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Tomás Luis de VICTORIA (1548-1611)
Lamentations of Jeremiah
Lamentation I for Maundy Thursday [6:20]
Lamentation II for Maundy Thursday [5:42]
Lamentation III for Maundy Thursday [6:19]
Lamentation I for Good Friday [4:01]
Lamentation II for Good Friday [5:35]
Lamentation III for Good Friday [4:51]
Lamentation I for Holy Saturday [5:13]
Lamentation II for Holy Saturday [5:53]
Lamentation III for Holy Saturday [8:24]
Juan Gutiêrrez de PADILLA (c.1590-1664)
Lamentations for Maundy Thursday [11:48]
The Tallis Scholars/Peter Phillips
rec. Chapel of Merton College, Oxford, 2010, DDD. Stereo
GIMELL GIMCD043 [64:08]

Experience Classicsonline

Was this CD really recorded in 2010? If so, that’s an impressive turnaround from Gimell; I’m writing in the second week of March and the CD has already been sitting on my desk for a week. I notice the release date is 29 March (the start of Holy Week), which is well timed for those buying the disc for devotional observance. It just goes to show the advantages of founding your own label, something the Tallis Scholars pioneered with Gimell thirty years ago, and from which they are continuing to benefit through the nimbleness of their - presumably small - post-production team.

Victoria’s Lamentations of Jeremiah don’t fit easily into the standard image of Spanish renaissance polyphony; they’re not as red-blooded, not as passionate. The main reason for this is that they are intended for Holy Week, so Victoria is required maintain absolute decorum throughout. The other reason they don’t sound very Spanish is that they were written in Rome. They were published in 1585 at the end of Victoria’s twenty year stint at the Vatican. Intriguingly, Peter Phillips’ liner-note tells of an earlier manuscript copy in the Sistine Chapel library, which shows the works prior to some drastic tidying up for publication. And the stylistic distance from Palestrina is surprising given the dominance of the older composer in Rome at the time.

The Tallis Scholars approach the dichotomy of austerity and polyphony by clearly articulating the polyphonic interaction, yet maintaining a fairly flat vocal timbre, with the bare minimum of lyrical colour or dynamic shading. The approach works well and suits the acoustic of Merton College Chapel. Peter Phillips has said in recent interviews that he considers the Merton Chapel acoustic ideal for vocal recording, and I’d agree in this case. It’s quite dry for a church, and I could imagine it sounding a little lifeless in more grandiose polyphony, but it’s just about right here.

The Lamentations are performed at a steady pace throughout. The effect is reverential without ever being sullen. Victoria cleverly varies the texture, occasionally by adding contrapuntal lines, but more often through doublings. The doubling of lines adds to the sense of the counterpoint being reined back in deference to the solemnity of the occasion. Some of the words are slightly awkward, Lamentation III, for example, opens with the very nasal diphthong ‘IOD’, but the Tallis Scholars take all this in their stride, their articulation impeccable throughout. Each of the Lamentations ends with a ‘Jerusalem’, a setting of the word in intricate polyphony; musically conclusive, but not as final as an ‘Amen’.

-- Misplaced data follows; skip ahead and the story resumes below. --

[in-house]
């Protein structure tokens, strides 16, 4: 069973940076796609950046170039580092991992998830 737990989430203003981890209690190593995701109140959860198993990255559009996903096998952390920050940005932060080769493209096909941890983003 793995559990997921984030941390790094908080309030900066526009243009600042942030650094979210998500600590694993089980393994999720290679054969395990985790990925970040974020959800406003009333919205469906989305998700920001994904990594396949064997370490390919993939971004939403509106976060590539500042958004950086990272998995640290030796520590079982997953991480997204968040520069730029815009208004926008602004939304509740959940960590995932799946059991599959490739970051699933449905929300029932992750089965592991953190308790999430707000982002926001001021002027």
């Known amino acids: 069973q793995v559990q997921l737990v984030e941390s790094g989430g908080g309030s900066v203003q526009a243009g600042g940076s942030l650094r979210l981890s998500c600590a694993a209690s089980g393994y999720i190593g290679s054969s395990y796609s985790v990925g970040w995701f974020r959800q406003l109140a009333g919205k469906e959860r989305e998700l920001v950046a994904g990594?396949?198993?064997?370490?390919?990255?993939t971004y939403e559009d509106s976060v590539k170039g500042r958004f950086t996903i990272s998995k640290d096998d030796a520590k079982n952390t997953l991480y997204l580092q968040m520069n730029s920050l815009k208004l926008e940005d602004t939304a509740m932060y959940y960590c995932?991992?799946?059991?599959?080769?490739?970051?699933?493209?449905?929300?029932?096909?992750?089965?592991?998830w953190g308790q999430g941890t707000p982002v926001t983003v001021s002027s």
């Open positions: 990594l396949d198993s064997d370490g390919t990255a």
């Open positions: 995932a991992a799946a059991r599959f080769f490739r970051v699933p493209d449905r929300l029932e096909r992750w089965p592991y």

The last work on the disc is a Lamentation for Maundy Thursday by Juan Gutiêrrez de Padilla (c.1590-1664), one of the most famous (Spanish) composers of Renaissance Mexico. It is more monolithic in texture, with soprano phrases soaring over robust textures from the other voices. The link with Victoria is more liturgical than stylistic, but it is still a valuable extra and it stands up well to the comparison with his esteemed predecessor.

It is interesting to note how credits for music editors have changed since the Lionel Hawkins/Hyperion court case a few years ago. The works are recorded ‘with the permission of’ the editors and their publishers, the editors here John Dixon for the Victoria and Bruno Turner for the Padilla. Even more intriguingly, the latter’s publishers, Mapa Mundi, give their address as the Isle of Lewis – is liturgical scholarship still fleeing the Vikings?

A sticker on the front of the box reminds us that Gimell are celebrating their 30th anniversary this year. The musical and technical quality of this disc - if not necessarily its subject matter - make it the ideal way for the company to celebrate this milestone. Inside the cover is an advertisement for the company’s website: www.gimell.com where you can purchase anything from their catalogue in various download formats. I’m still a CD loyalist myself, but I notice they are offering 24 bit, 96 kHz surround 5.1 downloads, and I’m interested. That is a considerably step above CD audio, and with recordings of this quality it should be well worth checking out.

Gavin Dixon

see also review by John Quinn


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